The Five Golden Rules of Coffee Brewing
Full disclosure: I'm a bit of a coffee snob. I brought coffee beans, a grinder, and a brewer to work for years. I roast my own beans, and I only consume bad coffee in the direst of circumstances. I've read dozens of coffee books, and hundreds (or thousands) of articles online. In short: I take my coffee seriously. Perhaps a little too seriously.
What does all of this get me? Honestly, not a lot. After many years of roasting, reading, and experimenting with brewers, I've come to the conclusion that making great coffee isn't that complicated. If you make coffee at home, you can easily make a better cup than your local barista by following a few simple rules.
I call these the Five Golden Rules of Coffee Brewing.
Buy fresh, whole beans #
Coffee is like bread, it goes stale after a while. Coffee is at its best 5-20 days after it was roasted, and ideally it should be consumed within that time frame. There are some tricks you can use to keep coffee fresh longer (or you can roast your own, for ultimate freshness), but as a rule of thumb, buy small batches and drink shortly after purchasing.
Keep the coffee on your counter or in a cabinet, preferably in a dark airtight container. No fridge or freezer: these devices can make your beans wet, which can make them moldy.
Grind fresh #
The more you process coffee, the more fragile it gets. Once ground, coffee starts to lose its flavor in 30 seconds or less! You don’t want that to happen. So purchase a decent burr grinder and grind only when you’re about to brew. If you aren’t already doing this, you will be shocked to see how much better your coffee becomes.
My first burr grinder was this cheap Mr. Coffee grinder. It’s not the best, but it gets the job done. A few years ago I upgraded to a Baratza Encore, and I noticed a huge improvement in the taste my coffee: the grinder really does make a huge difference. Buy the best you can afford.
If you don’t mind using a little elbow grease, you can also buy high quality hand grinders for cheap, like this Hario grinder. I used that exact grinder for many years, and had great results with it.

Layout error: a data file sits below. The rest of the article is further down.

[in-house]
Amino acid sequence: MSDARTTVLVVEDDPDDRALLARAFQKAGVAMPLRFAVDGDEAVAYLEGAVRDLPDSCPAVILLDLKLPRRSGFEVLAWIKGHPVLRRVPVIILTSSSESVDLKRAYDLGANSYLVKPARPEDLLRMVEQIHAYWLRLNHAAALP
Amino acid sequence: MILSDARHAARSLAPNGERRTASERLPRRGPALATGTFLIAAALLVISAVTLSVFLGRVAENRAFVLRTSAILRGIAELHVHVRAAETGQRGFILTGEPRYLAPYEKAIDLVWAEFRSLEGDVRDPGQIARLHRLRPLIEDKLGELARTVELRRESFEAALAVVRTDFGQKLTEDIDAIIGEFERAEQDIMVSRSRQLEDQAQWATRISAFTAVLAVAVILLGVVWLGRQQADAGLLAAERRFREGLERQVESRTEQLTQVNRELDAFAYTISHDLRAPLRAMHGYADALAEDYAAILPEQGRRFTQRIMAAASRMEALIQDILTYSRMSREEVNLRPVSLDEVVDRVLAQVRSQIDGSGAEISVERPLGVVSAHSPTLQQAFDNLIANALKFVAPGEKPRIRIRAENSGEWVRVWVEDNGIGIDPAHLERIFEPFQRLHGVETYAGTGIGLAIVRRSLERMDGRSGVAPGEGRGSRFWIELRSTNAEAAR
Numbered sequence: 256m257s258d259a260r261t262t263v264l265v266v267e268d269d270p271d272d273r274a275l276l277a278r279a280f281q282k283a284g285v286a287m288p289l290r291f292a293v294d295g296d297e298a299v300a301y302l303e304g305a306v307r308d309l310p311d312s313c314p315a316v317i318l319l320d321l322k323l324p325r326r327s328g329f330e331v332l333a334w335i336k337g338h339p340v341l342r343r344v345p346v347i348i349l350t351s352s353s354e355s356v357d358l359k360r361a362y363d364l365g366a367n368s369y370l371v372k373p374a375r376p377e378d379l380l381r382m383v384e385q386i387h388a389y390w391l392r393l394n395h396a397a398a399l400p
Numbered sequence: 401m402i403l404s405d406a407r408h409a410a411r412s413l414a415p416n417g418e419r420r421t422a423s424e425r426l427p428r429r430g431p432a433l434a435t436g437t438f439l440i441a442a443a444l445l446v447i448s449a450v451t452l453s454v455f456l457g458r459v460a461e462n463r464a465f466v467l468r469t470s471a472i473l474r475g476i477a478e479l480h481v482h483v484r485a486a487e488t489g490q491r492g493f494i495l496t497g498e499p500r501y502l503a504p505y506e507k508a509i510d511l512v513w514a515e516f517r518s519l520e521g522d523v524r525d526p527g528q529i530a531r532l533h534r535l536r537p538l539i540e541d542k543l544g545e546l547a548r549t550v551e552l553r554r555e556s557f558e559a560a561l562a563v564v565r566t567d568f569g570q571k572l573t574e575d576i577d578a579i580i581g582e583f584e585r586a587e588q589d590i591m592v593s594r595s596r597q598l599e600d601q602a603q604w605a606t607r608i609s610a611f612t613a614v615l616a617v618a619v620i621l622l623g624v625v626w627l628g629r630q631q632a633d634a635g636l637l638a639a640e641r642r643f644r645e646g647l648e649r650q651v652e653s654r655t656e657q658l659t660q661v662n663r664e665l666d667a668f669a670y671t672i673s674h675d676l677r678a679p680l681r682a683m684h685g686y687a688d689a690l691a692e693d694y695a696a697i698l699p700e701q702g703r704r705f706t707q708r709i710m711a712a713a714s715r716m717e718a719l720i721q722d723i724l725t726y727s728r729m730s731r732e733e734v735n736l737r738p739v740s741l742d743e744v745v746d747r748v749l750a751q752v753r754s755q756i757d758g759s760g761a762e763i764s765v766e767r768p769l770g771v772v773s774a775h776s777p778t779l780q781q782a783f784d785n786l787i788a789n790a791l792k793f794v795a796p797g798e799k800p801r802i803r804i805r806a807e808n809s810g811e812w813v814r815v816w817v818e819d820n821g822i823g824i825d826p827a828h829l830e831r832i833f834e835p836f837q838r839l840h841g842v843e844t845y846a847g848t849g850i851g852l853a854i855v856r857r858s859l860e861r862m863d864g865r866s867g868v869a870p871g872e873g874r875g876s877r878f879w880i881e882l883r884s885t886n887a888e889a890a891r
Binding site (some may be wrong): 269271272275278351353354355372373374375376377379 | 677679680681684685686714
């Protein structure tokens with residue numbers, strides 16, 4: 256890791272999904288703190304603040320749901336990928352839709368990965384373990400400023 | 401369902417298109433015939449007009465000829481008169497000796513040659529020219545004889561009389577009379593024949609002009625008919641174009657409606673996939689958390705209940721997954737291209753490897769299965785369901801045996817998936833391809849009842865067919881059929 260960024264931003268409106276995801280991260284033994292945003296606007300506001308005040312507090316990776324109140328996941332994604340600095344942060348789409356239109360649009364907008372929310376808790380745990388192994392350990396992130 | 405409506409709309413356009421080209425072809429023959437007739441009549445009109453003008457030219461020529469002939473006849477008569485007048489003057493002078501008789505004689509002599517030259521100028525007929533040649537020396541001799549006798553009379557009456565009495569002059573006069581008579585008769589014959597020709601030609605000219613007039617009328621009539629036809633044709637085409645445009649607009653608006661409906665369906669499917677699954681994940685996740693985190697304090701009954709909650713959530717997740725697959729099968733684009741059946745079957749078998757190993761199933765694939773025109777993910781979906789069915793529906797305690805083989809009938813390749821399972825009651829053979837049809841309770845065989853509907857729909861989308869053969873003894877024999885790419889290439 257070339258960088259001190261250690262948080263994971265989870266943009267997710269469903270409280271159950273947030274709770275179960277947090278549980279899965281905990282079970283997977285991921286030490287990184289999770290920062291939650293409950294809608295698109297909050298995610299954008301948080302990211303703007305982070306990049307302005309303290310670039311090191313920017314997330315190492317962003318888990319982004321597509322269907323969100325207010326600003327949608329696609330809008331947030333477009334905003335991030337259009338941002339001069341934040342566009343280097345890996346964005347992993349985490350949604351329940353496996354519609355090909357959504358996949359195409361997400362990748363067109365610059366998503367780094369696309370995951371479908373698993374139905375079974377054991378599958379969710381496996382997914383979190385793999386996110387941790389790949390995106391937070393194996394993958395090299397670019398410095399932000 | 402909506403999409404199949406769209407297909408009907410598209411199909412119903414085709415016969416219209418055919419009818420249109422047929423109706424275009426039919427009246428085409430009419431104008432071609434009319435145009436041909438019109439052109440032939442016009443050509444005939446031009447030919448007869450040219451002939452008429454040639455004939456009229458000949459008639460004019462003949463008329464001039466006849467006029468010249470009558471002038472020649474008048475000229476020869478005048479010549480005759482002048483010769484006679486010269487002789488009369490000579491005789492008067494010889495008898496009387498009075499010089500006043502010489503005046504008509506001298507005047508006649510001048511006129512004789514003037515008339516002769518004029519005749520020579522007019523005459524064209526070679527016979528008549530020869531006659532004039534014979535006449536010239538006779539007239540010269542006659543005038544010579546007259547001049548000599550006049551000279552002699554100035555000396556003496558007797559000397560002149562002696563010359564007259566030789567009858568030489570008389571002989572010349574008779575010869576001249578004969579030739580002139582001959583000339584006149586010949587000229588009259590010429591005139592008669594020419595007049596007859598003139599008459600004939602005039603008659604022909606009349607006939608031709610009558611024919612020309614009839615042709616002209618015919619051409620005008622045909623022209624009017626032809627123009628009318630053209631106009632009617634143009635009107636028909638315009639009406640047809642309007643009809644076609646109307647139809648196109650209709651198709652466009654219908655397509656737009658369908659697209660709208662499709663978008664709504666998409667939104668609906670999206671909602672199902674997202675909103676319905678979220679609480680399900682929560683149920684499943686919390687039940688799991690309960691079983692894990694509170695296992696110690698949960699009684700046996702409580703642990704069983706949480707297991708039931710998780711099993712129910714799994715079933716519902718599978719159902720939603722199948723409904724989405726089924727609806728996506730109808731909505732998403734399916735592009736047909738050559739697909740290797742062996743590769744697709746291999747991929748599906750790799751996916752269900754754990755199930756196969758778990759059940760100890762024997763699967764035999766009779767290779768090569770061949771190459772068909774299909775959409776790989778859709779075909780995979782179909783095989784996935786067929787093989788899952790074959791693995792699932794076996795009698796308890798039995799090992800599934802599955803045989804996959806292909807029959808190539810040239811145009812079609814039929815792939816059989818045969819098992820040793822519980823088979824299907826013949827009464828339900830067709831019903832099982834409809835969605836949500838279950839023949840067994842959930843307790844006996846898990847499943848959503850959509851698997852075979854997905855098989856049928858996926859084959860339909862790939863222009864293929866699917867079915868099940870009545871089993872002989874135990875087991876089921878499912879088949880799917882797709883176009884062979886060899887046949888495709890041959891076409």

Weigh your beans #
This is all about repeatability. If you brew a really good cup of coffee one day, are you sure you can repeat it the next day? If you aren’t weighing your beans, then no, you can’t.
Coffee beans vary drastically in density. Some beans are heavier, some are lighter, so measuring by volume (tablespoons or teaspoons) won’t get you a consistent result. Instead, you should purchase a small scale and weigh your beans before you grind them.
I like this Hario scale. It’s a good price, and big enough that you can brew a Chemex on it. It also has a built in timer.
Use good-tasting water #
This may seem obvious, but coffee is 98% water. If your water doesn’t taste good, your coffee won’t either. You need good-tasting filtered water (or mineral water) to have good-tasting coffee.
Nail your technique #
Now that you have a strong foundation, it’s finally time to brew! There are hundreds of different ways to brew coffee, and which technique you use is ultimately up to you. But no matter what technique you use, you should do some research, experiment with different ways to use your equipment, and find a technique that works well for you. There’s no right or wrong way to do this, but it’s a good idea to try a few different things and compare/contrast. Practice with your chosen technique until you find the way that works best for you.
My favorite way to brew for one or two people is to use an Aeropress. It’s also a very affordable brewer. But you can use anything, even that old Mr. Coffee drip brewer in the closet. As long as you keep the previous four steps in mind, your coffee will taste great.
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